The Society is run by a President and a Council of twenty members, and is open to interested members of the public to join. The organisation is based at 49 Marloes Road, Kensington, London, with a library and office open to members, and with large book and archival holdings in Cambridge University Library, Cambridgeshire, England. It publishes the peer reviewed quarterly Journal of the Society for Psychical Research (JSPR), the irregular Proceedings and the magazine Paranormal Review. It holds an annual conference, regular lectures and two study days per year and supports the LEXSCIEN on-line library project.
The SPR states its principal aim as "understanding events and abilities commonly described as psychic or paranormal by promoting and supporting important research in this area." It does not however, since its inception in 1882, hold any corporate opinions: SPR members have a variety of beliefs or lack thereof about the reality and nature of the phenomena studied, and many prominent sceptics have been active members of the Society.
Read more about this topic: Society For Psychical Research
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Famous quotes containing the word today:
“To be faced with what so-and-sos mother lets him do, or what the teacher said in class today or what all the kids are wearing is to be required to reexamine some part of our belief structure. Each time we rethink our values we reaffirm them or begin to change them. Seen in this way, parenthood affords us an exceptional opportunity for growth.”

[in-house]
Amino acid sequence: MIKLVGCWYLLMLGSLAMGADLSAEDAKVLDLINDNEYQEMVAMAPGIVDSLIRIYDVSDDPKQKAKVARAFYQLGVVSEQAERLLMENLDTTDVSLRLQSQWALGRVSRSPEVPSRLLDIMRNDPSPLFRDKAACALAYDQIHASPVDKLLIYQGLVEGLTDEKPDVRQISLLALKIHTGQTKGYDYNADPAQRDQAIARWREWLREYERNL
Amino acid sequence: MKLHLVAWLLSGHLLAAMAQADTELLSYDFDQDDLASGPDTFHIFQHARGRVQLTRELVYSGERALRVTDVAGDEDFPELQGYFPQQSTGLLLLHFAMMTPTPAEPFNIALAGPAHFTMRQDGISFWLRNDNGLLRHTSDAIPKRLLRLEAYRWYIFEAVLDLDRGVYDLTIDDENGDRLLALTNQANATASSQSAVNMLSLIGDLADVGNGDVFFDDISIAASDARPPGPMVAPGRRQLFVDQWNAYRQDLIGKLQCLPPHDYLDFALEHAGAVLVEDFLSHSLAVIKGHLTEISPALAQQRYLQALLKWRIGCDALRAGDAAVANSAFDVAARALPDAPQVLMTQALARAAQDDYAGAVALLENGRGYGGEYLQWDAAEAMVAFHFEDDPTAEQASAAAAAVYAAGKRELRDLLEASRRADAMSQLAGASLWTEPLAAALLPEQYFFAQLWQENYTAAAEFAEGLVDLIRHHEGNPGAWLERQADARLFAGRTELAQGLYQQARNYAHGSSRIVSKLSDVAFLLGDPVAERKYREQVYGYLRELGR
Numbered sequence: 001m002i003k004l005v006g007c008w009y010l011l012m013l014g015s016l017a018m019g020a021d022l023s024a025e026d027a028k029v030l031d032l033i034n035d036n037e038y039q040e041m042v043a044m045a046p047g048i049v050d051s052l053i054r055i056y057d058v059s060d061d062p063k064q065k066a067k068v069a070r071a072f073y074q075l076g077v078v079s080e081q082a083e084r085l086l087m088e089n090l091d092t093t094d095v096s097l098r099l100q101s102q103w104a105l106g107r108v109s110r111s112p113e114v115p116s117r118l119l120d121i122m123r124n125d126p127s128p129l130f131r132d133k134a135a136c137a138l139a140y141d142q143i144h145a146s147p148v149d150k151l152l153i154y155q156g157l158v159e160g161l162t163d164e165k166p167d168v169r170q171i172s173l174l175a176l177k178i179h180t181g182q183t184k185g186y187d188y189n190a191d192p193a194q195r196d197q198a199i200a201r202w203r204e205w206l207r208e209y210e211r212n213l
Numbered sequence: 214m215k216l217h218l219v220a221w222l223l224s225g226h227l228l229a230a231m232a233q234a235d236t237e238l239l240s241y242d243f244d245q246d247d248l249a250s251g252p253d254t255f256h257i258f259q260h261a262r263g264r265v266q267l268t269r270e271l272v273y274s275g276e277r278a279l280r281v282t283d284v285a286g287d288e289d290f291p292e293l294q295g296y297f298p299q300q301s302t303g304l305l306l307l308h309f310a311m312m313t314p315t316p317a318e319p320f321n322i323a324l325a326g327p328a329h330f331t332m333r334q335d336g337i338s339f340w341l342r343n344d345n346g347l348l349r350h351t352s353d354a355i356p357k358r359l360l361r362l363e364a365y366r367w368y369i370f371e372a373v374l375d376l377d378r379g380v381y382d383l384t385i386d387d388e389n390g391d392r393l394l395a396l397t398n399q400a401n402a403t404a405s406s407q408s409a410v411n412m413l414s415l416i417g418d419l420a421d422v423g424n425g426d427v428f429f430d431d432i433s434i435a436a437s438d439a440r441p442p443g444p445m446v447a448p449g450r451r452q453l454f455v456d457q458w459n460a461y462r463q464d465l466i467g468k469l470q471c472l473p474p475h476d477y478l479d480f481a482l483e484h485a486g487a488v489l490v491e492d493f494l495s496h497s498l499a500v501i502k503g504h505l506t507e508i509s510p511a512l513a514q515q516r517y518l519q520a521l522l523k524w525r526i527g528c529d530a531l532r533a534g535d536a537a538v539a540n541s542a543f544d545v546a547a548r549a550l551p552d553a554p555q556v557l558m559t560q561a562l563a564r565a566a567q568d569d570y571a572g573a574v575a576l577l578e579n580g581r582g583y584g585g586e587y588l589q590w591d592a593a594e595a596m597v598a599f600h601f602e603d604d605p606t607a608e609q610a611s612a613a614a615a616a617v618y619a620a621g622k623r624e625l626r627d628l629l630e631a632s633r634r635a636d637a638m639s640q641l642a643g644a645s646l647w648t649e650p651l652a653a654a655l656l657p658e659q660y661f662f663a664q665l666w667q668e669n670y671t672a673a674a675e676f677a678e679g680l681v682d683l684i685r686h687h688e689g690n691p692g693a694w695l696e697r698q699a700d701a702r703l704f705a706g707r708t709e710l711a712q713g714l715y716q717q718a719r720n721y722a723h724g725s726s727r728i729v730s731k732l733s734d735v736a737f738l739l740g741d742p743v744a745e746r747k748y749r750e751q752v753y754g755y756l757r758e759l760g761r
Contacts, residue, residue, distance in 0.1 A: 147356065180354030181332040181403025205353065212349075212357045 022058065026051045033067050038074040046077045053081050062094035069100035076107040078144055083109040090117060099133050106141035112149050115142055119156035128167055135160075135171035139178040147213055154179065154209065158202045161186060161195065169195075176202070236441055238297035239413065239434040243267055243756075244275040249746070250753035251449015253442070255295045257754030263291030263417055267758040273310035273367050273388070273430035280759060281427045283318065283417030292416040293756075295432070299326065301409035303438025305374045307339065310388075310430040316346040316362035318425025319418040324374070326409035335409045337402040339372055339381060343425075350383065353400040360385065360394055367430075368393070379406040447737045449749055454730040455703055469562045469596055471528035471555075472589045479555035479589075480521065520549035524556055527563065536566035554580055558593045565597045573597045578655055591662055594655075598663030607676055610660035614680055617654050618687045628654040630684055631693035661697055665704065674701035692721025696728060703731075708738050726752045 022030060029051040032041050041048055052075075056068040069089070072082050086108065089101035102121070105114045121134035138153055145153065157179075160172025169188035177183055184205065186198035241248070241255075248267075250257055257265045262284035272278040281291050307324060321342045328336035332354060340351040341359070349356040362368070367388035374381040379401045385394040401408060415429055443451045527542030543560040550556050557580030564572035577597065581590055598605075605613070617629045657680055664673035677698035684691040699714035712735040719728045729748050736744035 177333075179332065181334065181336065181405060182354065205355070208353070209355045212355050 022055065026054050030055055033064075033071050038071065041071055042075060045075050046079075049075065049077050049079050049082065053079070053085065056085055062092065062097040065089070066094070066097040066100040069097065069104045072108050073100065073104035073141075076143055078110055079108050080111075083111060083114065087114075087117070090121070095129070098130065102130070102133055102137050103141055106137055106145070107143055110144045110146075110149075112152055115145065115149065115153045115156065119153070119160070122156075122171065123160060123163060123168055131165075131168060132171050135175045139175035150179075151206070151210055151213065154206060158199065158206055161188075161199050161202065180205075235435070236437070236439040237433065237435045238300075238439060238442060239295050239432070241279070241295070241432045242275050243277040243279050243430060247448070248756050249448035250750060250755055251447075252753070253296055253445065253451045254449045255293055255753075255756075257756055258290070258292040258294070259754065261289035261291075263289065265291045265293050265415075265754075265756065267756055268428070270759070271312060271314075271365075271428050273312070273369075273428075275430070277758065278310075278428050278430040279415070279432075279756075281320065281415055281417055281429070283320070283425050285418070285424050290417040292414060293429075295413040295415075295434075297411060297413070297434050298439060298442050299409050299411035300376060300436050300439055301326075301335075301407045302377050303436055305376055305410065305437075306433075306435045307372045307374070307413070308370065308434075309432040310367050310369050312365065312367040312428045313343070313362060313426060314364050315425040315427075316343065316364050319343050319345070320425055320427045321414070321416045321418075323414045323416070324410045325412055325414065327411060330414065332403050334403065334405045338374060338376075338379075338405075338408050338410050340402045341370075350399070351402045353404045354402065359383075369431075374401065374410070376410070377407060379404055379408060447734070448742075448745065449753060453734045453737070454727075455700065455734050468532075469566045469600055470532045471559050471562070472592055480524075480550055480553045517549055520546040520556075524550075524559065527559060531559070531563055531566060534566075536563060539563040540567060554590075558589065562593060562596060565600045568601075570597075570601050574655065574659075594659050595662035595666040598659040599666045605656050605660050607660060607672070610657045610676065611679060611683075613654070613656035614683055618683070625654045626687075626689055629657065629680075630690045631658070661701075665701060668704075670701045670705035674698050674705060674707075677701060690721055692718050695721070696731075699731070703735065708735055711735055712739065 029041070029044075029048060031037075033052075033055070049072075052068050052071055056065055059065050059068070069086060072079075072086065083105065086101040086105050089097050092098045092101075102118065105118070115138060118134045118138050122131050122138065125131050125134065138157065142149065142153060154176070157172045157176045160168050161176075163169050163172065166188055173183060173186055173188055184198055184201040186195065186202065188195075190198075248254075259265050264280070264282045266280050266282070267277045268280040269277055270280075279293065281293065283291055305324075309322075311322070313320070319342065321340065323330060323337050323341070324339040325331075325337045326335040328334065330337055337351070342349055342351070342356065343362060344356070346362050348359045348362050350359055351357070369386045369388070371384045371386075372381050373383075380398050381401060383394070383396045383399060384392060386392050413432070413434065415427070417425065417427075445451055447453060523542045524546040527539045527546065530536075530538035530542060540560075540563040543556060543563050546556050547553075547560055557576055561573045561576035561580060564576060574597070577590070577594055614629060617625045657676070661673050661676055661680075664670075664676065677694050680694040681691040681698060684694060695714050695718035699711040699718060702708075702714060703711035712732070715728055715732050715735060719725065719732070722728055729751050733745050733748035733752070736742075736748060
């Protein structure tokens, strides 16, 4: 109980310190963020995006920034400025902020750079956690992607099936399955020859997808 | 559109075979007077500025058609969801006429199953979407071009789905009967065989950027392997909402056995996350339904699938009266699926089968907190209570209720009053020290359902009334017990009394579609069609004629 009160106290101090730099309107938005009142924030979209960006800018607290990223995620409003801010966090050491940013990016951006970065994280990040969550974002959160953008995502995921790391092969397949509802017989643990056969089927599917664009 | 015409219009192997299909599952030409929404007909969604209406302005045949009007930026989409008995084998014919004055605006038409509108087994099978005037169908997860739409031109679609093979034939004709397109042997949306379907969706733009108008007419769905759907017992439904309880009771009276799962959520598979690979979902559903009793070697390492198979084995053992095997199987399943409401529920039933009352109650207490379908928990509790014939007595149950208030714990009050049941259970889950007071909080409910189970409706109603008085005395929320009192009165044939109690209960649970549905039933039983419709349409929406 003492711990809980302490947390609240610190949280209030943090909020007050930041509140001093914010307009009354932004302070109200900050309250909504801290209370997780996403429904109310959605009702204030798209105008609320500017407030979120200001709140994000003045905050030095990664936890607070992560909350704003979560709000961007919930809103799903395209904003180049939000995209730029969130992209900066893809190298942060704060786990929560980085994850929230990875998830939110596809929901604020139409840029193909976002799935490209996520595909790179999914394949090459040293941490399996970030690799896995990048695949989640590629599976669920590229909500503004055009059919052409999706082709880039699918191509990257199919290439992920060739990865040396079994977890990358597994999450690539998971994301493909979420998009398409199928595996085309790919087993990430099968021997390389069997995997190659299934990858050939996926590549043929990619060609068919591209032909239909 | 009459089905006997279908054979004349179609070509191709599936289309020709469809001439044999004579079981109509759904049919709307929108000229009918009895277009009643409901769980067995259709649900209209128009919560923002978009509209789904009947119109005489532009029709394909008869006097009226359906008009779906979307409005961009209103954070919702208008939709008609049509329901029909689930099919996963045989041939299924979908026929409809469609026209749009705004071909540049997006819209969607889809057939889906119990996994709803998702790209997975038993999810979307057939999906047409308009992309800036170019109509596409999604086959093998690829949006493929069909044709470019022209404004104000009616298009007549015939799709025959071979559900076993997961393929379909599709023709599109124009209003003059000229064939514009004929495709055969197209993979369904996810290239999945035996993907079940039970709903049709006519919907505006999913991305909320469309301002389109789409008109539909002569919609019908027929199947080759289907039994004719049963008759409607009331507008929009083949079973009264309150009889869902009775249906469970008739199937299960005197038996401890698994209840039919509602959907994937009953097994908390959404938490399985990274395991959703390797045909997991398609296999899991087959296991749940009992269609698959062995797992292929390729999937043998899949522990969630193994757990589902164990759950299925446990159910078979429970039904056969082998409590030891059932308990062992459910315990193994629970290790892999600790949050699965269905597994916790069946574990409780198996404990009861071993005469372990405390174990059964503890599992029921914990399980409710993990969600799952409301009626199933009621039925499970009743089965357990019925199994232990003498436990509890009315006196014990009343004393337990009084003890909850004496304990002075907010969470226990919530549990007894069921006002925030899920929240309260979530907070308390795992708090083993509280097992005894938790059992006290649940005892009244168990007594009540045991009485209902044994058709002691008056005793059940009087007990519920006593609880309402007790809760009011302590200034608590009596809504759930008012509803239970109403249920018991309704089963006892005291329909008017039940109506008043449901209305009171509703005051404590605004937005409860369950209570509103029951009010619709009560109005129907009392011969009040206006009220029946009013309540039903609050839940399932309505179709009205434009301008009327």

—Ruth Davidson Bell (20th century)
“In 1600 the specialization of games and pastimes did not extend beyond infancy; after the age of three or four it decreased and disappeared. From then on the child played the same games as the adult, either with other children or with adults. . . . Conversely, adults used to play games which today only children play.”
—Philippe Ariés (20th century)
“In communist society, where nobody has one exclusive sphere of activity but each can become accomplished in any branch he wishes, society regulates the general production and thus makes it possible for me to do one thing today and another tomorrow, to hunt in the morning, fish in the afternoon, rear cattle in the evening, criticize after dinner, just as I have a mind, without ever becoming hunter, fisherman, shepherd or critic.”
—Karl Marx (18181883)